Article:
Grant Dalton, the chief executive who has been with Team NZ since 2003, rejects the idea that boat design makes the cup expensive. “People will spend huge amounts no matter what cost control there is,” he says. Team NZ spent $50m on the 2017 cup, in contrast to the hundreds of millions other competitors were reported to have spent, he adds. For 2021, Team NZ’s budget will be about half that of Ineos and other rivals.
Dalton is blunt about how he keeps costs down: “It’s the payroll, not the boat.” Team NZ staff accept a lower salary than they would receive from a “mercenary team”, he says. “Sixty per cent of the cost of an America’s Cup team is the people.”
Teams do not disclose members’ pay, but in 2015 a case for unfair dismissal in a US court brought by Joe Spooner, a former sailor in Ellison’s Oracle team, revealed his salary to be $300,000 a year.
Dalton says sponsors are scarce because recent cup practice has been to sell broadcast rights to pay-to-view television, limiting audiences. “You can’t produce compelling viewership figures,” he says, referring to past UK deals with subscription broadcasters BT and Sky. Team NZ hopes 2021 will be different, following a free-to-air deal for the race.
On the face of it, the America’s Cup does not lack sponsors: they include fashion brand Louis Vuitton, aircraft-maker Airbus and airline Emirates. But the list of sponsors is not a long one, and wealthy individuals step in partly because few other businesses can justify marketing to such a niche, albeit wealthy, audience.
“The America’s Cup almost lives in this kind of exclusive enclave where you don’t have engagement with sports fans generally [or] with sponsors,” says Simon Chadwick, professor of sports enterprise at Salford Business School in the UK. “It is a self-serving elite.”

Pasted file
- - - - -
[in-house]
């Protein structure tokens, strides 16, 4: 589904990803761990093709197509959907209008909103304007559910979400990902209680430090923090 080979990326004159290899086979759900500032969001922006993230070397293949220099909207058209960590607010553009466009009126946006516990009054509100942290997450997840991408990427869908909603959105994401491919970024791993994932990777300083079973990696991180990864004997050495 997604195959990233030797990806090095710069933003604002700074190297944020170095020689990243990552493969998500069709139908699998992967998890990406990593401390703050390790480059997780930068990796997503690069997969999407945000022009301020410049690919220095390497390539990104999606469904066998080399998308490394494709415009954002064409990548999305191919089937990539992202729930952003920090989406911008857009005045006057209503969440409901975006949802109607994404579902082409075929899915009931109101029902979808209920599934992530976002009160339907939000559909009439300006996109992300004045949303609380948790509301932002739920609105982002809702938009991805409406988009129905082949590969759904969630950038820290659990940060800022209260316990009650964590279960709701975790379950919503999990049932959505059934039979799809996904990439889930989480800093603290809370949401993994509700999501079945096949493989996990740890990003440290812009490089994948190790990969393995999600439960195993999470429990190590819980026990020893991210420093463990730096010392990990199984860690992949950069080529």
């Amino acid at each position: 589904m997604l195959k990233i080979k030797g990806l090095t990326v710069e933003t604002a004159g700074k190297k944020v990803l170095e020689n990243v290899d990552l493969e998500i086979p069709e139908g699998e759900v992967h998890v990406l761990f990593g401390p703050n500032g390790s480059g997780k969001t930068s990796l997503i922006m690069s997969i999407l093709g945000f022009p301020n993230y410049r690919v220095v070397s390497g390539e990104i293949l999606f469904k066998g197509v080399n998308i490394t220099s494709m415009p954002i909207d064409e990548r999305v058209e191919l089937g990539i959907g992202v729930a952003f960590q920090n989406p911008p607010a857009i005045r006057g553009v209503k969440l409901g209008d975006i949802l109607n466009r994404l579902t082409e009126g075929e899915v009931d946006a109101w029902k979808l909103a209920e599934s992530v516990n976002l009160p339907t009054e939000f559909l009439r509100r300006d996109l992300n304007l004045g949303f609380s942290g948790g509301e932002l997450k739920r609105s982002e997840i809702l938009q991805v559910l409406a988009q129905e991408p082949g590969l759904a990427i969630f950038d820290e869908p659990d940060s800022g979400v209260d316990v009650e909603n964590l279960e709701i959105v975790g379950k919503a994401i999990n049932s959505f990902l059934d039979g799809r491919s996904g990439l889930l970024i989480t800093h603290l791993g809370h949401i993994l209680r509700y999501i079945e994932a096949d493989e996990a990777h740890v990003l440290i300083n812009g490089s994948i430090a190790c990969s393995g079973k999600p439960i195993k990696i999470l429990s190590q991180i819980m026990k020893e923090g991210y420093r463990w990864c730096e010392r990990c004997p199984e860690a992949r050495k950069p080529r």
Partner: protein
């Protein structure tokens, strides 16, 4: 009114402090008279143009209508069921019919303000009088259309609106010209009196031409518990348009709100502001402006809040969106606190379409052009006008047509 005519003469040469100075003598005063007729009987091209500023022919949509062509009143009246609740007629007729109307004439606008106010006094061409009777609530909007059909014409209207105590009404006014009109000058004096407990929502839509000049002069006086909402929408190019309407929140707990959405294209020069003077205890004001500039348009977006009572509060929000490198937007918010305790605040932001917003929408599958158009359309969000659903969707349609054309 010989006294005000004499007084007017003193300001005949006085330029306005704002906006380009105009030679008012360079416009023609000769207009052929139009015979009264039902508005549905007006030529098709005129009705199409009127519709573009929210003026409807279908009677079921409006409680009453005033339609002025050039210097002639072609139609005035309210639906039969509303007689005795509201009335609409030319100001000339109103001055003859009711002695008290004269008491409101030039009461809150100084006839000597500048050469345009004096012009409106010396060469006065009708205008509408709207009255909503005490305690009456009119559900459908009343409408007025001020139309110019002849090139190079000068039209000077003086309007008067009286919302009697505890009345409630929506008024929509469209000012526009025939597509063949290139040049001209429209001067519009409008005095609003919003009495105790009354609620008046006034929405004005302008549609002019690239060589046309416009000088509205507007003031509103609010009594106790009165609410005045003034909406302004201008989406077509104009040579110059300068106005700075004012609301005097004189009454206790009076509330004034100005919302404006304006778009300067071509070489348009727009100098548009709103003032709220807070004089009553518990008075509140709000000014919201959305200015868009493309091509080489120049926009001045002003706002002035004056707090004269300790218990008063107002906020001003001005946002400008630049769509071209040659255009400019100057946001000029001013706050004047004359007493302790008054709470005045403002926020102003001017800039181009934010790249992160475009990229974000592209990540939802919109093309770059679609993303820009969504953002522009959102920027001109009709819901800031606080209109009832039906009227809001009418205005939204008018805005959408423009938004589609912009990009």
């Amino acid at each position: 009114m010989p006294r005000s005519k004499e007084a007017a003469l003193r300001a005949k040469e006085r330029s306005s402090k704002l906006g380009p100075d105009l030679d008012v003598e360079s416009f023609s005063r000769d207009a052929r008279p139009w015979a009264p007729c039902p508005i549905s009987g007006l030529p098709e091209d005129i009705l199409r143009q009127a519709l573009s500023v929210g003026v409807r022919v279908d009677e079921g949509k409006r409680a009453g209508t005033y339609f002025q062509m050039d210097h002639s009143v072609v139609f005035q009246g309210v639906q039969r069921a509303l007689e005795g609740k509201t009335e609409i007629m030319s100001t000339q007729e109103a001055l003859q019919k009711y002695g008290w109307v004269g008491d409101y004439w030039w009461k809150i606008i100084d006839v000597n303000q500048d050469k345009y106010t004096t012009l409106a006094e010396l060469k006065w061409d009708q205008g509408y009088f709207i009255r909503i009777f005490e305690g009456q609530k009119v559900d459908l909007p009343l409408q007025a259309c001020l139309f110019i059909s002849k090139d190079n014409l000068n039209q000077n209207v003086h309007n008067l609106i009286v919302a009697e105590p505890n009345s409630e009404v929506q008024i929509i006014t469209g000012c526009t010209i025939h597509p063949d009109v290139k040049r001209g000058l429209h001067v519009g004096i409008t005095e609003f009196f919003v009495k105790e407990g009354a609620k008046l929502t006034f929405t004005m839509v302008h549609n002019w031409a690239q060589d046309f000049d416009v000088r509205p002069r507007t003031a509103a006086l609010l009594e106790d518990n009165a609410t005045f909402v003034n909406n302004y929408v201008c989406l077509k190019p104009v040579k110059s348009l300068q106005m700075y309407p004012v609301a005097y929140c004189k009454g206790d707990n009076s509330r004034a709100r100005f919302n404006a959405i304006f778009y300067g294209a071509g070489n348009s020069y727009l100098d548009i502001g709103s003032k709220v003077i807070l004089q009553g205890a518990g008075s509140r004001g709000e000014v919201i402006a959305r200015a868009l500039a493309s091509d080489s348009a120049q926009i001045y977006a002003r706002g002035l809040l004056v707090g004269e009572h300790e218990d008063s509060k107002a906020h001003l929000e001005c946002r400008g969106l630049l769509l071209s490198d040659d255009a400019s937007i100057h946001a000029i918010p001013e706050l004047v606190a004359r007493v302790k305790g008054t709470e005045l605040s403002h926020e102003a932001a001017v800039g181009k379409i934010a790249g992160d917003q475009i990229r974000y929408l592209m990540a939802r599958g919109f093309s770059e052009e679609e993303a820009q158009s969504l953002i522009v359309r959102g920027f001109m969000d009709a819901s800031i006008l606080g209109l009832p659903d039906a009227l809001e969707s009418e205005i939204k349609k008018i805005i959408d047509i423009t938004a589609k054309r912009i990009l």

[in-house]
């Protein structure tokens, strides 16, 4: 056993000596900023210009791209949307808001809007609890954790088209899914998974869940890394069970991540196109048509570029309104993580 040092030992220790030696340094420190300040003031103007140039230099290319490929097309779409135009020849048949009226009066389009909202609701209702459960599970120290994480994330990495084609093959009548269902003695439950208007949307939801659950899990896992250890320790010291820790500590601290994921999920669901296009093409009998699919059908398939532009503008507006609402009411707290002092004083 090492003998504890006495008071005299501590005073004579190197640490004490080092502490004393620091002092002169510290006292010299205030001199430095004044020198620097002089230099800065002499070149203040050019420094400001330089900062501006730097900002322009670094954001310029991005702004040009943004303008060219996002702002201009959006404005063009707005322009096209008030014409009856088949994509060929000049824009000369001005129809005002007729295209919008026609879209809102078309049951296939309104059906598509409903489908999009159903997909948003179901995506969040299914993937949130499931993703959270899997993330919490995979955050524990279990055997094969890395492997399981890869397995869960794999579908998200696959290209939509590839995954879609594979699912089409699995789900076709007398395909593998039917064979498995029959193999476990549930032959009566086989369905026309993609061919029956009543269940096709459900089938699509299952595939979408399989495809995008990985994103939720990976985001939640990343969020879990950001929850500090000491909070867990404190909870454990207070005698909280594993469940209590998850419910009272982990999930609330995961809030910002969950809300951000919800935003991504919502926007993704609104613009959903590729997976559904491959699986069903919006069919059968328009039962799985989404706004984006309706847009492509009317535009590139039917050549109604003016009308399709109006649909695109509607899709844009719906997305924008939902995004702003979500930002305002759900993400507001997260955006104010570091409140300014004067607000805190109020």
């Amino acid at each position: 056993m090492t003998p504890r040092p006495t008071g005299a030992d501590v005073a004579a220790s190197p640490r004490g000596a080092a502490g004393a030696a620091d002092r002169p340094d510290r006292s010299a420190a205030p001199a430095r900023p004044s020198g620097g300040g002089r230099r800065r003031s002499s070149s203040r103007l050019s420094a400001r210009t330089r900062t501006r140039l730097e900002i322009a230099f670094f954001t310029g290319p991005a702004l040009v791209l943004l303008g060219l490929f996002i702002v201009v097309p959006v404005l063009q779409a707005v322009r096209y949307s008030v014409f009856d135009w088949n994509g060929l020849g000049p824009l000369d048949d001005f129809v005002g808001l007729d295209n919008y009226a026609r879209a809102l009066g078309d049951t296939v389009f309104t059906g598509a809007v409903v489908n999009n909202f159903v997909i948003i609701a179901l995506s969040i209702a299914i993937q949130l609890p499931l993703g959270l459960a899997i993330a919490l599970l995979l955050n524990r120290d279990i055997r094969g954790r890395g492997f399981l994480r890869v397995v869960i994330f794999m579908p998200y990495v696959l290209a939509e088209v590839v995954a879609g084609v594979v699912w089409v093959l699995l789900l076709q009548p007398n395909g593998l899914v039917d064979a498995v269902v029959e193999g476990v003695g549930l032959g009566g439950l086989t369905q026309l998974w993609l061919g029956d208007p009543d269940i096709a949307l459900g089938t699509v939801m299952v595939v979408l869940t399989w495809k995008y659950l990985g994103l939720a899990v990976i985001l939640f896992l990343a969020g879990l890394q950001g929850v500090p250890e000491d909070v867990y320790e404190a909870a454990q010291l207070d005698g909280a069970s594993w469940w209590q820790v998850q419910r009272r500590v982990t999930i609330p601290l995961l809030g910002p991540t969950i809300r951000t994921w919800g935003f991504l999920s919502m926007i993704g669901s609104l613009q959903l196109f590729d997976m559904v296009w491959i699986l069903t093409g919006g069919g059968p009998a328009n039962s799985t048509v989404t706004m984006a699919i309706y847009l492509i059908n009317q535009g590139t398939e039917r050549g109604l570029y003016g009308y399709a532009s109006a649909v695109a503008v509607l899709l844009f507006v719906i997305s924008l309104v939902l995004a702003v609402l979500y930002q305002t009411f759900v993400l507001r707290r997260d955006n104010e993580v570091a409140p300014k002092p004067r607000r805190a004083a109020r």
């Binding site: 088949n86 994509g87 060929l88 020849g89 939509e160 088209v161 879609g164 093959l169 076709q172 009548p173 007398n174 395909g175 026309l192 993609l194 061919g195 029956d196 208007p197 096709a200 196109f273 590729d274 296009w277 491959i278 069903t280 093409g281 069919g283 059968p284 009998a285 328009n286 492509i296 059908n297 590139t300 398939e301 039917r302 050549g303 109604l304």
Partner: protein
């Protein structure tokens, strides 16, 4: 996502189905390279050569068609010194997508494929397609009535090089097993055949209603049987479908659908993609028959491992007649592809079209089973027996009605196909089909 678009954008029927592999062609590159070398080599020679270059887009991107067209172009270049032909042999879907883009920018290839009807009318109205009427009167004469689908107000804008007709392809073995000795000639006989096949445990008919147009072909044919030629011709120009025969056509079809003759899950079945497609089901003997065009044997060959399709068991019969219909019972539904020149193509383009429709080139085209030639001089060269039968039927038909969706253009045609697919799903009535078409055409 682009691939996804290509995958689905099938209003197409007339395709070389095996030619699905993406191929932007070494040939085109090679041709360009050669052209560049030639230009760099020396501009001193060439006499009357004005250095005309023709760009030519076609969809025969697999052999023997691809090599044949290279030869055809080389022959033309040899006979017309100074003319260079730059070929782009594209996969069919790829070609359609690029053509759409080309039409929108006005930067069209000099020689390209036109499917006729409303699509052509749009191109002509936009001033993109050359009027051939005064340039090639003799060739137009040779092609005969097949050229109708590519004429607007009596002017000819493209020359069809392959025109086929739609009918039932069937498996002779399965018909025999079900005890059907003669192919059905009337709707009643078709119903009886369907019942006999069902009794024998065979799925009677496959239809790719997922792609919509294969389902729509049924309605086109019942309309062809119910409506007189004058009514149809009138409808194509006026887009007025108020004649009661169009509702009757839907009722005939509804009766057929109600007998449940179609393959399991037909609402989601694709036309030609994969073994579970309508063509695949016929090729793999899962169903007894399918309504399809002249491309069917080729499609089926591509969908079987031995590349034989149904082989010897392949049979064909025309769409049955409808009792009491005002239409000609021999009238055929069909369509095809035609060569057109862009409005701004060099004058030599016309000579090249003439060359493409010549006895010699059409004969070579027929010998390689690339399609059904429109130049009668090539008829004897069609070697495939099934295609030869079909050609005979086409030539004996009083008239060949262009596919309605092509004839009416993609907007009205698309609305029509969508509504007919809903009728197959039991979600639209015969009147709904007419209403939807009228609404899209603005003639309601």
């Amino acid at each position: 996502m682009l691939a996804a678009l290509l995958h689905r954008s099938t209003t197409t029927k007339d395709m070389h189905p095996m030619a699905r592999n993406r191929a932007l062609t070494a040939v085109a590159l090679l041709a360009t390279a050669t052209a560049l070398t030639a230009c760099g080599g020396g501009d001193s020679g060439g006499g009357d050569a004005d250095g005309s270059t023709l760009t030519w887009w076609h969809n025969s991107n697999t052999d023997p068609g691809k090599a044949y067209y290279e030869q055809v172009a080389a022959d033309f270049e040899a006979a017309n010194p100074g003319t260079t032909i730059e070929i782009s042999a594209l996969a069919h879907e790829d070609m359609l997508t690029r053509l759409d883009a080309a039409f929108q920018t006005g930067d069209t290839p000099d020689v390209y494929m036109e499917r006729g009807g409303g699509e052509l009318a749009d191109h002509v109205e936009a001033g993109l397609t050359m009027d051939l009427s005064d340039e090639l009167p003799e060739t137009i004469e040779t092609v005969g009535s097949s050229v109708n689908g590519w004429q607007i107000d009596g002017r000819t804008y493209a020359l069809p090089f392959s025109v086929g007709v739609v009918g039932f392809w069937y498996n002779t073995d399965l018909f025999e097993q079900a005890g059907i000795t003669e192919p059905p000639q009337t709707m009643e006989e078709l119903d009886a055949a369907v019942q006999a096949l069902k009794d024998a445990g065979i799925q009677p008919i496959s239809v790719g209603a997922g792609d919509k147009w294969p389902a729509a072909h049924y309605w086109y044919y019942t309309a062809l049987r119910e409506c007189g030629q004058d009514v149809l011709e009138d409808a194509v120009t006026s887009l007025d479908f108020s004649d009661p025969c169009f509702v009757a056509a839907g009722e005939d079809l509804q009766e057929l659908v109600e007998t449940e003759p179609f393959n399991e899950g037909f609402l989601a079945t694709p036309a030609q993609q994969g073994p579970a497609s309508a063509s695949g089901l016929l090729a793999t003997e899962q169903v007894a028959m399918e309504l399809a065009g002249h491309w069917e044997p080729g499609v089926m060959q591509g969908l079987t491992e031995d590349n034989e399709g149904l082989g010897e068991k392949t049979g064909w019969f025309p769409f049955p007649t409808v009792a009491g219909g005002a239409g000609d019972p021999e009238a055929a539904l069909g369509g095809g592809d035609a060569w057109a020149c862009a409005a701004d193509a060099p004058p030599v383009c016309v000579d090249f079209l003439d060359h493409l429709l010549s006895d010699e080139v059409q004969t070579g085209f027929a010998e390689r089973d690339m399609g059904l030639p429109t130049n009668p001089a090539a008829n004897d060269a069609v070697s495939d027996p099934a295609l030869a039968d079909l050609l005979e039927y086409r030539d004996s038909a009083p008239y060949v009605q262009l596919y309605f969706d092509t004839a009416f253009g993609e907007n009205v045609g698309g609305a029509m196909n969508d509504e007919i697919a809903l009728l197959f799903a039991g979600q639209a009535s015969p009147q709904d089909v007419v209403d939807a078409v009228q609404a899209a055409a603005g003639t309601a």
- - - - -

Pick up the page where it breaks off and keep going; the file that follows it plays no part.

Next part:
Cup financing has divided opinion in the host location. Phil Goff, mayor of Auckland, which is hosting the 2021 race, is supportive. He expects cup-related revenues of NZ$1bn ($650m) and 8,300 jobs, mostly in Auckland itself. But a NZ$250m infrastructure development, which includes overhauling a rundown waterfront, is being funded partly by NZ$140m of public money and has not been universally welcomed. “It is the sport of billionaires, for billionaires, and the ordinary people have to pay for it,” one city councillor has said.
Mike Buckley, chief executive of Stars + Stripes Team USA, a new entrant, wants to dispel the perception of the cup as a rich people’s game, and lower barriers to entry. “Our aim is to inspire people to take risks and follow their dreams,” he says. He aims for a “national team” ethos, with multiple sponsors.
That funding model creates more work, however. Sir Ben’s previous cup team had 10 sponsors. “Making sure all the stakeholders felt like they were getting a return on their investment did take some managing,” he admits. “This time, having one backer, the ability to focus purely on performance is much easier.”
On the water “it still comes back to the fundamentals”, says Sir Ben. “Reading the wind and trying to take the right course, that doesn’t really change that much whether you are sailing a laser dinghy or an America’s Cup boat.” Back on dry land, though, money will have a bigger say than ever.